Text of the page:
In Matthew 26:9, Jesus was anointed with oil, and Judas, got very upset, saying that was a lot of money to feed the poor (or a lot of money for him to steal) with. In regard to this Barnes notes states this:

Matt 26:9. [Sold for much] Mark and John say for three hundred pence-that is about 9 British pounds. John 12:5. [Three hundred pence] About $40.00 .

This was a large sum of money, and Judas was upset.

This leads us to the betrayal. Judas was tempted with thirty pieces of silver, it’s said that it amounted to $15. If the disciples were wealthy or somewhat well of, he would not have betrayed Jesus for so little. Again , using texts like these to defend Pastors salary, leads to question then, well are you really poor? have you experienced this in Philippians 4:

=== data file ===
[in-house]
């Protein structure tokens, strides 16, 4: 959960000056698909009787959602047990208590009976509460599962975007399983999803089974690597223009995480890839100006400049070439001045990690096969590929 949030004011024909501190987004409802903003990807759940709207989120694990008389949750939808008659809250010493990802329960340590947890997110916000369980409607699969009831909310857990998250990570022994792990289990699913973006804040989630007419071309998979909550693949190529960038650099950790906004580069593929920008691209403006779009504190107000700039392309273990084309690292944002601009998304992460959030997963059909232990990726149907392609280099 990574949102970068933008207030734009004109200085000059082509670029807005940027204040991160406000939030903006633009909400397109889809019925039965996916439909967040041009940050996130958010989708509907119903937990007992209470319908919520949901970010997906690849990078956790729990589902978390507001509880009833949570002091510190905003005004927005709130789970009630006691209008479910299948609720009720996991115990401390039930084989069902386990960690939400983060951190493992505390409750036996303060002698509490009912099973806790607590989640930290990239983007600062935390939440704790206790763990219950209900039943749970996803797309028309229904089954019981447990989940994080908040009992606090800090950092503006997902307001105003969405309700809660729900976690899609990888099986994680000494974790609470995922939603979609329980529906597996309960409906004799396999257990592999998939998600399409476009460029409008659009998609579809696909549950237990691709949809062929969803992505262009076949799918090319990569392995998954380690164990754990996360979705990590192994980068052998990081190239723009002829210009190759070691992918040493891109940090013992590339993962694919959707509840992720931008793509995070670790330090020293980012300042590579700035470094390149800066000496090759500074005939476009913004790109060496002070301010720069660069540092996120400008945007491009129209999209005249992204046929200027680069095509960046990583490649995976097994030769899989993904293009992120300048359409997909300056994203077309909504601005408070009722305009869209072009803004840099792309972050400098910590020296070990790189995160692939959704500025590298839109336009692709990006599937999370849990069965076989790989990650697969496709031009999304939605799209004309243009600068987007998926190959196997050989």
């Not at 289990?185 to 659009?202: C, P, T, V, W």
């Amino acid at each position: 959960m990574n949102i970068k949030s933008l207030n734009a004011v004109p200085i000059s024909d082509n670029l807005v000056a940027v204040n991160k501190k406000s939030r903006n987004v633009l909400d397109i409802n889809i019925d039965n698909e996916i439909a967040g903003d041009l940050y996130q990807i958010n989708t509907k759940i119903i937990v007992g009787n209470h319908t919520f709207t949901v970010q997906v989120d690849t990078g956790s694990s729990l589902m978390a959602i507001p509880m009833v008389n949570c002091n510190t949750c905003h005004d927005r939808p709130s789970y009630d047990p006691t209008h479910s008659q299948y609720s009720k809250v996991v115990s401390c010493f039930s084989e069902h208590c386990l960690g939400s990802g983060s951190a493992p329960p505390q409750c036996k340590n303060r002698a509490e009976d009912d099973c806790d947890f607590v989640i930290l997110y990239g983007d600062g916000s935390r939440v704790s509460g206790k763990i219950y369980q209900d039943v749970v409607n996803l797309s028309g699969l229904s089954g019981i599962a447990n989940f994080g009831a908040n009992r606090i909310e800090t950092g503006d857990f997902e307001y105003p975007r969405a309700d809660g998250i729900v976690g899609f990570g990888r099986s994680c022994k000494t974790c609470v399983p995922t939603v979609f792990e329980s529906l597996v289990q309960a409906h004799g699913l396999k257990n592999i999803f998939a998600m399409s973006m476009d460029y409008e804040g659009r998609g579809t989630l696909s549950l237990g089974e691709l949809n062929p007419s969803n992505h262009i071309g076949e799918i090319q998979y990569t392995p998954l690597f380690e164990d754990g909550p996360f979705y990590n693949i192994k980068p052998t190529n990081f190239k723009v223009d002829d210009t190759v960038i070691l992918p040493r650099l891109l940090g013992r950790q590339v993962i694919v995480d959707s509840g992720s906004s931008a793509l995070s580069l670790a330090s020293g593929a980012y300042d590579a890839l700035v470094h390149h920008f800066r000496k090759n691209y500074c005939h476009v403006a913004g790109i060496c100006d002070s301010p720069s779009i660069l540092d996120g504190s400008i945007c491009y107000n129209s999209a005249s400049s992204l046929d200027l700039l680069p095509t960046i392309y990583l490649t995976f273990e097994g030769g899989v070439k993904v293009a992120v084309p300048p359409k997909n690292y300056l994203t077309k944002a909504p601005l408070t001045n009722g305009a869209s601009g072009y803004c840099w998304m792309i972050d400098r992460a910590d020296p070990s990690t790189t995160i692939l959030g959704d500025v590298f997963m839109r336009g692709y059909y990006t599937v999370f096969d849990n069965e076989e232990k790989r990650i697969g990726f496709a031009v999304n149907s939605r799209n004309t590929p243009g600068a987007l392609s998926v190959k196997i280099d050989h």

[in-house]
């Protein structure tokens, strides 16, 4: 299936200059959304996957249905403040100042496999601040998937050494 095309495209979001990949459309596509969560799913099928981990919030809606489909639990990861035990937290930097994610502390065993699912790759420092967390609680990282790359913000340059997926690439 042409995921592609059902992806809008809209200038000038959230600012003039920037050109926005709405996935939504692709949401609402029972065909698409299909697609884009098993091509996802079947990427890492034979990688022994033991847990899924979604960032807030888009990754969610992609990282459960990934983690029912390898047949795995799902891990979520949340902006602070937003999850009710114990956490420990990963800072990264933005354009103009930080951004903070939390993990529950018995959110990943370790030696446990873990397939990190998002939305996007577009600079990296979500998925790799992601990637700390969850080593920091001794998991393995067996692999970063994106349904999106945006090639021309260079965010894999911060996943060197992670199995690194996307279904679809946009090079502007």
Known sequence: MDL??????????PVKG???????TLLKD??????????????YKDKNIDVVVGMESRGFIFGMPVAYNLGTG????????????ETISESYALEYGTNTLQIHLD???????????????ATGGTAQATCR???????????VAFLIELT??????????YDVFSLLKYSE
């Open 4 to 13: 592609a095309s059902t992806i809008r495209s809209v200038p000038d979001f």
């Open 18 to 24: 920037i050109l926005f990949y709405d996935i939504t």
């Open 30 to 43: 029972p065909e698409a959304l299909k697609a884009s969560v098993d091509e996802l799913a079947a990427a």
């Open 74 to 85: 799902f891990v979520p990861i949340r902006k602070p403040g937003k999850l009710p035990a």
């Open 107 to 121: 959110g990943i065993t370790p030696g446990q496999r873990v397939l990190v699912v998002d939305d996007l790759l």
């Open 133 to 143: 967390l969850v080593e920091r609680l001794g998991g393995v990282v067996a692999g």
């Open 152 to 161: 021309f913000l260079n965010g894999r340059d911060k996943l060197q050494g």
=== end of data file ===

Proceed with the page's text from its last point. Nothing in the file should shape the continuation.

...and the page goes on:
I rejoiced greatly in the Lord that at last you renewed your concern for me. Indeed, you were concerned, but you had no opportunity to show it. 11 I am not saying this because I am in need, for I have learned to be content whatever the circumstances. 12 I know what it is to be in need, and I know what it is to have plenty. I have learned the secret of being content in any and every situation, whether well fed or hungry, whether living in plenty or in want. 13 I can do all this through him who gives me strength.

I know a good many Pastors who are poor, but I believe this type of poor as an apostle is a whole different level.

Moving on…

One final passage we must touch on and then we will have some closing remarks…